Jews Came to England Before the English, is Opinion of British Cannon

That the Jews may have been residents of England before the Britons is the opinion expressed by Chancellor Austen, the Cannon of York Cathedral. This is now being recalled in response to the severe anti-Jewish agitation carried on as a part of the propaganda against the aliens resident in Great Britain.

“The Jews came to England probably with the Phoenicians during the time of King Solomon; an official record of Roman times states that Caesar Augustus issued an edict in favor of the Jews in England. Undoubtedly there were Jewish soldiers in the Roman legions in England”, Chancellor Austen declared in a sermon which he delivered in the York Cathedral.

Definite mention of a Jewish settlement in what is now known as Great Britain is made by the Venerable Bede in his History of the Church of England, first published in 1693.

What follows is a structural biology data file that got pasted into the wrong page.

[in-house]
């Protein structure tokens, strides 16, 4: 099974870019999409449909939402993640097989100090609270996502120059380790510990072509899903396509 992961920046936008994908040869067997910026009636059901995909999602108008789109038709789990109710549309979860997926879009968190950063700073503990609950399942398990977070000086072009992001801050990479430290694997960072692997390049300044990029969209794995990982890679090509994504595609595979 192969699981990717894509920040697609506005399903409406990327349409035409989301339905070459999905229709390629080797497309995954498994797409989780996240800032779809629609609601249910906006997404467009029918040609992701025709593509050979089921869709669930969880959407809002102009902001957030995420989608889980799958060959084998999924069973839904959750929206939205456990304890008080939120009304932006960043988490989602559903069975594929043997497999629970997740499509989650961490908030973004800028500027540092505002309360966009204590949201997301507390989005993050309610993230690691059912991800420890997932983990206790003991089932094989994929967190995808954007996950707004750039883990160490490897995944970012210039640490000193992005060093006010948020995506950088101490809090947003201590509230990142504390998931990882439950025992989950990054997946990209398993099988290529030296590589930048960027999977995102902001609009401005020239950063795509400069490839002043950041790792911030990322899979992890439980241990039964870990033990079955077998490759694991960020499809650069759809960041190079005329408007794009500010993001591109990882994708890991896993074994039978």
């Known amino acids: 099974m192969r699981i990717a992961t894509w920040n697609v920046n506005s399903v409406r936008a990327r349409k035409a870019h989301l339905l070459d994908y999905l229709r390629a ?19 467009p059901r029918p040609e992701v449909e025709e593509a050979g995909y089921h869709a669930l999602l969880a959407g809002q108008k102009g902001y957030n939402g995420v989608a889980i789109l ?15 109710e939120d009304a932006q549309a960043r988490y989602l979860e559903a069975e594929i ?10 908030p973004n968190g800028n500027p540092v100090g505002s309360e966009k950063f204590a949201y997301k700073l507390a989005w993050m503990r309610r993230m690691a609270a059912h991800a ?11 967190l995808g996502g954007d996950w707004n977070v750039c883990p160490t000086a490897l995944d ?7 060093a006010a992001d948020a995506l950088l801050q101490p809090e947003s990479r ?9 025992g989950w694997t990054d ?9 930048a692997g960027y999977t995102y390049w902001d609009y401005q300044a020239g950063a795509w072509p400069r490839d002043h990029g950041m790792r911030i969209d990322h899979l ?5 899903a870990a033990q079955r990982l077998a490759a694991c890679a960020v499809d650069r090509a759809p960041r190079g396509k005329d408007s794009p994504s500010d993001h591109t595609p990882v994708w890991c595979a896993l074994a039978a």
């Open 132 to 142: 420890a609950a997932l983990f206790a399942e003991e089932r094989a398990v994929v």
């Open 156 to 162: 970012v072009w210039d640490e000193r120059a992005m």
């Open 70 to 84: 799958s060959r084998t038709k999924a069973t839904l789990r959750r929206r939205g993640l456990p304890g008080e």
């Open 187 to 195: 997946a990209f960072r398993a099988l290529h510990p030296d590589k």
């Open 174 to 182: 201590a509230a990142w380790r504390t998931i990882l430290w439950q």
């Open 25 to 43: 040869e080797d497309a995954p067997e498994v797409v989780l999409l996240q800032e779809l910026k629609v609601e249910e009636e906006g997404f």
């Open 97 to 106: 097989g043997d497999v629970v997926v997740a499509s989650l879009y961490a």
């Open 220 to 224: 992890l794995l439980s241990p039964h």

William the Conqueror invited the Jews to settle in England, this source relates. Rufus, the son of William the Conqueror, called a convention of Rabbis and bishops in London for the purpose of holding a dispute between Judaism and Christianity. Rufus is reported to have sworn that if the Rabbis win the dispute he would embrace Judaism. The dispute, however, was declared a tie.

Rufus was always a close friend of the Jews. With the crusades, persecution of the Jews started until they were finally expelled from England in 1290 by King Edward. They were again invited to settle in England by Cromwell.

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